Silver treasures from Bergen come to Houston

“Crowning the North” exhibit explores the evolution of a craft


Photo: Dag Fosse, Kode Bergen Art Museum
Bridal Crown, 1590–1610, silver and silver-gilt, Christen Sveaas Collection, Kode Bergen Art Museum, Bergen Silver Foundation.

Museum of Fine Arts, Houston

“Crowning the North: Silver Treasures from Bergen, Norway” opened at the Museum of Fine Arts, Houston, Feb. 11, 2024. Some 200 objects are on exclusive loan to the United States from Norwegian collections. Spanning the 16th to the early 20th centuries, the exhibition reveals the evolution of a uniquely Norwegian approach to this craft over centuries of global change.

For centuries, Bergen, one of the largest port cities in Scandinavia, was a thriving hub of global commerce on the west cost of Norway, with a burgeoning export of fish, timber, and fur. That trade, in turn, spurred the development of a uniquely Norwegian approach to a timeless craft: gold and silversmithing.

The exhibition “Crowning the North: Silver Treasures” from Bergen, Norway explores the art of the Bergen silversmiths from the 16th to early 20th centuries, and examines the evolution of the craft against the backdrop of greater political, social, and economic change in Norway and other parts of the world.

Some 200 objects—from spoons, tankards, sugar bowls and salt cellars to elaborate ceremonial wedding crowns and fantastical vessels—are on exclusive loan to the United States from public and private Norwegian collections.

The exhibit is comprised of objects from Kode Bergen Art Museum, The Bergen University Museum, and the private collection of Norwegian collector Christen Sveaas.

“This presentation of objects from three prestigious Norwegian collections of art, craft, and design is an exceptional opportunity to discover Nordic history and esthetics across centuries and across the intersecting forces of global trade, taste, and fashion,” commented Gary Tinterow, director and Margaret Alkek Williams chair at the Museum of Fine Arts, Houston (MFAH).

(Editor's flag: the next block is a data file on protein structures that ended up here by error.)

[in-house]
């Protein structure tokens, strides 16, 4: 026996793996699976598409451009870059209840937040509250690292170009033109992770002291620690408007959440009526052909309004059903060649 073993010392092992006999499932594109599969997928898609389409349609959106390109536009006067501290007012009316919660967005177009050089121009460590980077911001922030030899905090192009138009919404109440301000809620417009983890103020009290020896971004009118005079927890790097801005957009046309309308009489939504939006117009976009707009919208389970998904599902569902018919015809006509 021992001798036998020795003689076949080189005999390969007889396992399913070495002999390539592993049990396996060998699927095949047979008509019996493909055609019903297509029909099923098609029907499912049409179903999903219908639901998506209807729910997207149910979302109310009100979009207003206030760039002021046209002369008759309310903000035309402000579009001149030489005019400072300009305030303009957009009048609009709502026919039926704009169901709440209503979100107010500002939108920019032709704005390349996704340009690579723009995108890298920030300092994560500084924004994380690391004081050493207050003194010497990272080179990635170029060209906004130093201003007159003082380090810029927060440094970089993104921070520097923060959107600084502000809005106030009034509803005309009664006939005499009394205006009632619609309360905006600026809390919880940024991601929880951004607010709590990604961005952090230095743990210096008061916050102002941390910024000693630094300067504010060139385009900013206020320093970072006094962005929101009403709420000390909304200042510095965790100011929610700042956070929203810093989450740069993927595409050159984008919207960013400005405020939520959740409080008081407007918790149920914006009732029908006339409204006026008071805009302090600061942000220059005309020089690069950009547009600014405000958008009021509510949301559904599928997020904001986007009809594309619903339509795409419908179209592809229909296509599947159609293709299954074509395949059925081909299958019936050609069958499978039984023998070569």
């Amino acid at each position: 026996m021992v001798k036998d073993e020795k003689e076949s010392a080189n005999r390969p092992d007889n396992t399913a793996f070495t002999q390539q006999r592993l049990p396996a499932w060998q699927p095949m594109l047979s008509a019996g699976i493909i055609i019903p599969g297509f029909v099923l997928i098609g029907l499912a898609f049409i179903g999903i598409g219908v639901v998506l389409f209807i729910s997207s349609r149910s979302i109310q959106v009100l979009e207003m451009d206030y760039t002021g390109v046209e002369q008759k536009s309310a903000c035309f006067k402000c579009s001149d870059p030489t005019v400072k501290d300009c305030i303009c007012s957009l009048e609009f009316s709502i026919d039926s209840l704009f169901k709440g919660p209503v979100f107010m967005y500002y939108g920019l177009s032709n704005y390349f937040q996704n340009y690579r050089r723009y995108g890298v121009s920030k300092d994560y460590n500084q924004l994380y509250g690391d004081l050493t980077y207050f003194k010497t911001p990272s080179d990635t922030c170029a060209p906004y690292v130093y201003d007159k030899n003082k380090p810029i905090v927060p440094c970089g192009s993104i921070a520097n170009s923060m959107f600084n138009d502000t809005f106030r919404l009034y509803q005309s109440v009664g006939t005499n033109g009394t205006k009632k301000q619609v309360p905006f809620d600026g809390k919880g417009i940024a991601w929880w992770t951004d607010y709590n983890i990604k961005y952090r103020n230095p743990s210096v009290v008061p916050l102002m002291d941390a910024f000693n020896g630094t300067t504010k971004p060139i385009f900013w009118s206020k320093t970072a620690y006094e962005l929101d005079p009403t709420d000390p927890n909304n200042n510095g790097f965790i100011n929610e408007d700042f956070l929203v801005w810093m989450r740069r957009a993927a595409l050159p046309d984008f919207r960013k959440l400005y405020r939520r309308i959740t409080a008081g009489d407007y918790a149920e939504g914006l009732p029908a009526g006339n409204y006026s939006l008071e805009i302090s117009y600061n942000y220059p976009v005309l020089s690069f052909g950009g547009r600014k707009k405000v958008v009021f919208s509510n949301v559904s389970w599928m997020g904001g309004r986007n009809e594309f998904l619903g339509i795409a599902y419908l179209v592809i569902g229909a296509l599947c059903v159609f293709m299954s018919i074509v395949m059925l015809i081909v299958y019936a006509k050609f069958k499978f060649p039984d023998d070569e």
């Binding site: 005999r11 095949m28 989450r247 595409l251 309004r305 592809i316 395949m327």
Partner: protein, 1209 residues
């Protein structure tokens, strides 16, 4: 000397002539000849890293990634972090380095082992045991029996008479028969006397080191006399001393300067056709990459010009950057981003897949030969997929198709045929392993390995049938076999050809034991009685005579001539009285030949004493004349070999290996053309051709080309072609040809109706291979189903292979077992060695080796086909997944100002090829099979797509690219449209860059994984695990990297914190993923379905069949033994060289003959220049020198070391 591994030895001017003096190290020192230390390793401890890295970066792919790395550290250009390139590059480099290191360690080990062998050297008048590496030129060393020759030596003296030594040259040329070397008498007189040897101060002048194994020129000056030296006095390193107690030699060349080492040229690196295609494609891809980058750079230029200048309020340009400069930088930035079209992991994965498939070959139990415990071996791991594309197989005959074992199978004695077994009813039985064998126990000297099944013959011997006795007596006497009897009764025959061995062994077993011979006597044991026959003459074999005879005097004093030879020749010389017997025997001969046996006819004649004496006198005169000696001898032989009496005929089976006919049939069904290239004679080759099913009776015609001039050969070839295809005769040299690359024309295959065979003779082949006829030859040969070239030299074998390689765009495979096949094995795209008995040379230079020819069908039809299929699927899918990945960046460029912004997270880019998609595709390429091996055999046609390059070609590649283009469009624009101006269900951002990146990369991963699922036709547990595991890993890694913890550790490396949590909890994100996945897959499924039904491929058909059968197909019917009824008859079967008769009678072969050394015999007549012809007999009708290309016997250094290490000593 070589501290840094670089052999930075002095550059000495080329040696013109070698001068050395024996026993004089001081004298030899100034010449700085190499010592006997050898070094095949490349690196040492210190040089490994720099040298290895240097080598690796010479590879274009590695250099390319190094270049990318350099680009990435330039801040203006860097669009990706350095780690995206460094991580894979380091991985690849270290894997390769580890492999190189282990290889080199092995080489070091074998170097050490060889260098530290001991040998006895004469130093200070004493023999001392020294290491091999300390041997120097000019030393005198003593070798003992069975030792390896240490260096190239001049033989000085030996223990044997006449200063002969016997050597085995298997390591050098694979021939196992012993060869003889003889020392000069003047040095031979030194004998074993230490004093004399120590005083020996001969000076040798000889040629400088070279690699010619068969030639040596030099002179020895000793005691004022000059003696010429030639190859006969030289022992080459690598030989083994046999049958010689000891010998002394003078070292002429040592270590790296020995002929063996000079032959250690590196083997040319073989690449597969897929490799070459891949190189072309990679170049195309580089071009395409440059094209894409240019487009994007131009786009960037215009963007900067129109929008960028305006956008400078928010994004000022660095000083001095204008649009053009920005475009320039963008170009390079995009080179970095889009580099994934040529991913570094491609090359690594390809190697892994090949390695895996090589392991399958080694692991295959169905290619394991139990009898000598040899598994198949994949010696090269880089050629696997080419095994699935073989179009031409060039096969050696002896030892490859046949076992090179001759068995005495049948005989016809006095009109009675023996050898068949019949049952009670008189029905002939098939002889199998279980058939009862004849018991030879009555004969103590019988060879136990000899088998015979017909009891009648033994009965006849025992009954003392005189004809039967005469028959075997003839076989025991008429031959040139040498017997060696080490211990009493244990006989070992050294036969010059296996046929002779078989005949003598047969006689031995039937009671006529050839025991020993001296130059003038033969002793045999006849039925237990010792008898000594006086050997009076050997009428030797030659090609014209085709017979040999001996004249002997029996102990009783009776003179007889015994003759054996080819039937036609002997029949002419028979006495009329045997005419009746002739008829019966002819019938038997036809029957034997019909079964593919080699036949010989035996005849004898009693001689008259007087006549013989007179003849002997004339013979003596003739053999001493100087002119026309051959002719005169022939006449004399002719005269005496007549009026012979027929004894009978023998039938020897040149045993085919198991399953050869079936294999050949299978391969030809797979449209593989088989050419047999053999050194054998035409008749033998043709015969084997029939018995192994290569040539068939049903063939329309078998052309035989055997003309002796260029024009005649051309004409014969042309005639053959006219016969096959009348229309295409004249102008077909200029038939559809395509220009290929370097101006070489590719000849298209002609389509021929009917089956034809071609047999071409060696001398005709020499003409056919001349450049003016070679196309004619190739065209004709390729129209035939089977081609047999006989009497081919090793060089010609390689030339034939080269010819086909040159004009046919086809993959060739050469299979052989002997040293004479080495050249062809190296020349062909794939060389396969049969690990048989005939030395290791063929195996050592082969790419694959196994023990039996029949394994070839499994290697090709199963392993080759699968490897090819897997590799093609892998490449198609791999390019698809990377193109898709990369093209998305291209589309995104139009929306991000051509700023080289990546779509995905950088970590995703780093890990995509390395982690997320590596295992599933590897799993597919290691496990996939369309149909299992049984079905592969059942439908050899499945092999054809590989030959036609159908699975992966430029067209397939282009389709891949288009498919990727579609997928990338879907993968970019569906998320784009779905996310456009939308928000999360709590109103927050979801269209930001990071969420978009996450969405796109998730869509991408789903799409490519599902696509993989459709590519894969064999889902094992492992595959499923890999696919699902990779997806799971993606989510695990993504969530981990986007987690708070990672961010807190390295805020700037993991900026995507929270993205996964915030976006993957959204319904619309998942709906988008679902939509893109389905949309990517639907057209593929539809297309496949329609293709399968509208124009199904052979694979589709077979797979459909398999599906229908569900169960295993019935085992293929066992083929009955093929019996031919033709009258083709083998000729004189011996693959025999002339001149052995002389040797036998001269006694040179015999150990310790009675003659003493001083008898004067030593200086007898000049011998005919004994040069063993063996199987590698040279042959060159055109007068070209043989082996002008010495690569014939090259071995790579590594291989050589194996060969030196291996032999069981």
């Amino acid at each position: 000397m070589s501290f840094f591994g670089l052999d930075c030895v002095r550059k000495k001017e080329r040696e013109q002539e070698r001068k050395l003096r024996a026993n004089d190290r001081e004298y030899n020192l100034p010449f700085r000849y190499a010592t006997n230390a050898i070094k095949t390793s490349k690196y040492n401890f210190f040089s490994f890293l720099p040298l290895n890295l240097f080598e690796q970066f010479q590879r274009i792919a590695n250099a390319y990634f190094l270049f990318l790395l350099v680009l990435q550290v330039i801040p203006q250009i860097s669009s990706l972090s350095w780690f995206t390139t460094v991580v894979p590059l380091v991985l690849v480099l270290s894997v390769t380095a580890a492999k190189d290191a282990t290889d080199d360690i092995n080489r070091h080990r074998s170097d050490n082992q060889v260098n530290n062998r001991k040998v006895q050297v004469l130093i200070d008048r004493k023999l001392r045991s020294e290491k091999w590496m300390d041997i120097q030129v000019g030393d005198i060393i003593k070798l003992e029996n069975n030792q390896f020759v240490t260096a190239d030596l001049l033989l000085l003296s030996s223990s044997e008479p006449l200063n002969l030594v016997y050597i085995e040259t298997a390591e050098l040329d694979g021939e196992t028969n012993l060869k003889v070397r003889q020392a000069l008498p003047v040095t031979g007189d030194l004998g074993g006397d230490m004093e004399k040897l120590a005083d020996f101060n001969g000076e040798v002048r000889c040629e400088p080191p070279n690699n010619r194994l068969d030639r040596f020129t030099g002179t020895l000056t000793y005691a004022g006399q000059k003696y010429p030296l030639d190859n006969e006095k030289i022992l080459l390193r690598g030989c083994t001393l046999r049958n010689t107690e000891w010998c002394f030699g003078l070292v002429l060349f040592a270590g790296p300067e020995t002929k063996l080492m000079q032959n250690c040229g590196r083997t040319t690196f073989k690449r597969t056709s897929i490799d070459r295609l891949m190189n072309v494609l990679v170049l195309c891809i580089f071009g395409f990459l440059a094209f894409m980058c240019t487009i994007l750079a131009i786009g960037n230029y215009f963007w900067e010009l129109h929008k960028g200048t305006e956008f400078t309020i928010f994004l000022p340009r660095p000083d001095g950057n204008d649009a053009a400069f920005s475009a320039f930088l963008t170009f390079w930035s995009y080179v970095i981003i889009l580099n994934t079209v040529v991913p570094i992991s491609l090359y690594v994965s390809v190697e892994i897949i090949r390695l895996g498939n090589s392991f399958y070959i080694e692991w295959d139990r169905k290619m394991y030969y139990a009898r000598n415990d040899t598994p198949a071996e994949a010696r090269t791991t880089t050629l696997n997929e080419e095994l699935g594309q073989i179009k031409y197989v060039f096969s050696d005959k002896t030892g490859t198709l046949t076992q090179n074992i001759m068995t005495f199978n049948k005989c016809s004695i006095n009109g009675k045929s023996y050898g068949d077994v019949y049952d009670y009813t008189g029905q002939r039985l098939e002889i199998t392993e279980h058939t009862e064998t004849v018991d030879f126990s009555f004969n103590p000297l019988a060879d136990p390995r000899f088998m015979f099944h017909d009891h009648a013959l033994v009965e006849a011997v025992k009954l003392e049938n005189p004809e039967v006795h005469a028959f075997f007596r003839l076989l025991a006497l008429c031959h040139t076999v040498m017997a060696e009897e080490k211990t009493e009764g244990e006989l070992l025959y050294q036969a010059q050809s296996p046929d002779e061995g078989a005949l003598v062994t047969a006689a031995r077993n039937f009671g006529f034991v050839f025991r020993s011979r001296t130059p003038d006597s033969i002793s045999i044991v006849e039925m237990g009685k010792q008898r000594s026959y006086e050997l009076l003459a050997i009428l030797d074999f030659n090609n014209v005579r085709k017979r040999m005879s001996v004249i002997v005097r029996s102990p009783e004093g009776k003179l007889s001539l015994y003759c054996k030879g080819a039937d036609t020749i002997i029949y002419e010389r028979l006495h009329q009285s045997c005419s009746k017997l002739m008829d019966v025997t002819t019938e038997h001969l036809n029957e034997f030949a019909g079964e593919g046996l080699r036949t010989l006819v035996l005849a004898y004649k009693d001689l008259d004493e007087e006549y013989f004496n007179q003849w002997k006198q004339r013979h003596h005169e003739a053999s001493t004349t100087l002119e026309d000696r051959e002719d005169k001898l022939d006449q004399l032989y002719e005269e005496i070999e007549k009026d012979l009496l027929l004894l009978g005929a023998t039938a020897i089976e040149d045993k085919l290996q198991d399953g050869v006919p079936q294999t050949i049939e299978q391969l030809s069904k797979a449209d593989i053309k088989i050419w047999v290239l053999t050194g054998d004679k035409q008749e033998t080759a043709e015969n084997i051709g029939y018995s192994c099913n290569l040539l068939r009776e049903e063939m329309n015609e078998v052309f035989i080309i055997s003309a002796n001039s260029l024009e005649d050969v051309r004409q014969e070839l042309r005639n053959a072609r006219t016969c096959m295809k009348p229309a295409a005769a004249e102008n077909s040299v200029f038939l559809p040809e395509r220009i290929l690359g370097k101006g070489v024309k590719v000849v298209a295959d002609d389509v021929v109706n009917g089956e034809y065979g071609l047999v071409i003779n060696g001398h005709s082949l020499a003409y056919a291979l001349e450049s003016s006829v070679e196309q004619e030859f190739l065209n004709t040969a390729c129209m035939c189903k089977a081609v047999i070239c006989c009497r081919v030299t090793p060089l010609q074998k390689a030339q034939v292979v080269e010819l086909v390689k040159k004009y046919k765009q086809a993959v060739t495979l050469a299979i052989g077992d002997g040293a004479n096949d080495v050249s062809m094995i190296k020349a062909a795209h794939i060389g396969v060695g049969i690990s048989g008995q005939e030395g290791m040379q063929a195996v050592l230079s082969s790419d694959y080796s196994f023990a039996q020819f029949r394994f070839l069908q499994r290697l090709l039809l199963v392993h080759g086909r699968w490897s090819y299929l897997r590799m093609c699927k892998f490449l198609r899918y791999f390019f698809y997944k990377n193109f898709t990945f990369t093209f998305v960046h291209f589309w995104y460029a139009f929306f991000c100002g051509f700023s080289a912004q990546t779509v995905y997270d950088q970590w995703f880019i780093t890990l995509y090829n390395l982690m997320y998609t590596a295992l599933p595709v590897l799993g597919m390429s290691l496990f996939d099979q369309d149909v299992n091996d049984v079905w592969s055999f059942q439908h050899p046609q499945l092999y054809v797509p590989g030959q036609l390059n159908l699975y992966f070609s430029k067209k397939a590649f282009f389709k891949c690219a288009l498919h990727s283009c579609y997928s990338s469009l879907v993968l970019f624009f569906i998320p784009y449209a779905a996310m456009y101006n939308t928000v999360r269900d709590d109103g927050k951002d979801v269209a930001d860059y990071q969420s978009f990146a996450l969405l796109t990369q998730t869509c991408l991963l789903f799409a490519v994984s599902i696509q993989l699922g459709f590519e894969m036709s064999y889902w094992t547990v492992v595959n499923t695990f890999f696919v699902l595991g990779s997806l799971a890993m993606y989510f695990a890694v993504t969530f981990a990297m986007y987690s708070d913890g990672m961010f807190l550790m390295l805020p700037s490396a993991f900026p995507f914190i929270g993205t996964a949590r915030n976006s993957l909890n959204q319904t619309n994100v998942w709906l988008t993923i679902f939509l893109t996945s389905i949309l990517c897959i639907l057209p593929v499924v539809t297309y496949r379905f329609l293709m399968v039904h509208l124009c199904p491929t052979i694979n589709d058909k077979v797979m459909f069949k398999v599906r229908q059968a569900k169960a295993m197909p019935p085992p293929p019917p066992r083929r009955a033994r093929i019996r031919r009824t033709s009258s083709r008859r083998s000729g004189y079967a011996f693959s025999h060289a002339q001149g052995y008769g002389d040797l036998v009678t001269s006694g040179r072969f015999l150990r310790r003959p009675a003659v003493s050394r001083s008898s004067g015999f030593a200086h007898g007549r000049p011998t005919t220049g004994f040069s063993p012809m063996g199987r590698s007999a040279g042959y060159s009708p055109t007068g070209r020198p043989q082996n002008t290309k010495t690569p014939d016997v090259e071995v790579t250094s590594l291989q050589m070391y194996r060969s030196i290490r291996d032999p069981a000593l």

“We are pleased to collaborate with the Kode Bergen Art Museum in bringing Marius Hammer, these remarkable objects to Houston, where they will be seen by U.S. audiences for the first time.”

By the 16th century, Bergen had become a critically important global economic center in the trade of grain and salts for lumber and stock fish from the North. At the time ruled by Denmark, Bergen and its commerce operated under the jurisdiction of the Hanseatic League, a confederation of merchant guilds and market towns across central and northern Europe established by German traders in the 13th century.

The Hanseatic League’s dominant global exchange network brought together two factors that fostered what would become a unique artistic heritage in Bergen: the availability of enormous quantities of silver mined from the Spanish Americas, and an influx of immigrants and their craft traditions from Germany and other European countries.

Bergen goldsmiths formed their own Goldsmith’s Guild in 1568. The goldsmith tradition that evolved in the city allowed goldsmith workshops, led by both men and women, to craft a range of decorative and functional objects of extraordinary quality. Bergen goldsmiths’ sensibilities in the 16th century reflected the Renaissance and, later, Baroque styles of the time.

Over the course of the 18th century, the influx of global commodities like tobacco and coffee from European colonies inspired goldsmiths to craft elegant objects for daily use to meet consumer demand. By the 19th century, with the excavations of three Viking ships and agitation for independence from Sweden, a growing sense of revivalism in art, literature, and popular culture inspired Norway’s goldsmiths to create fantastical objects harkening back to the Viking and medieval eras.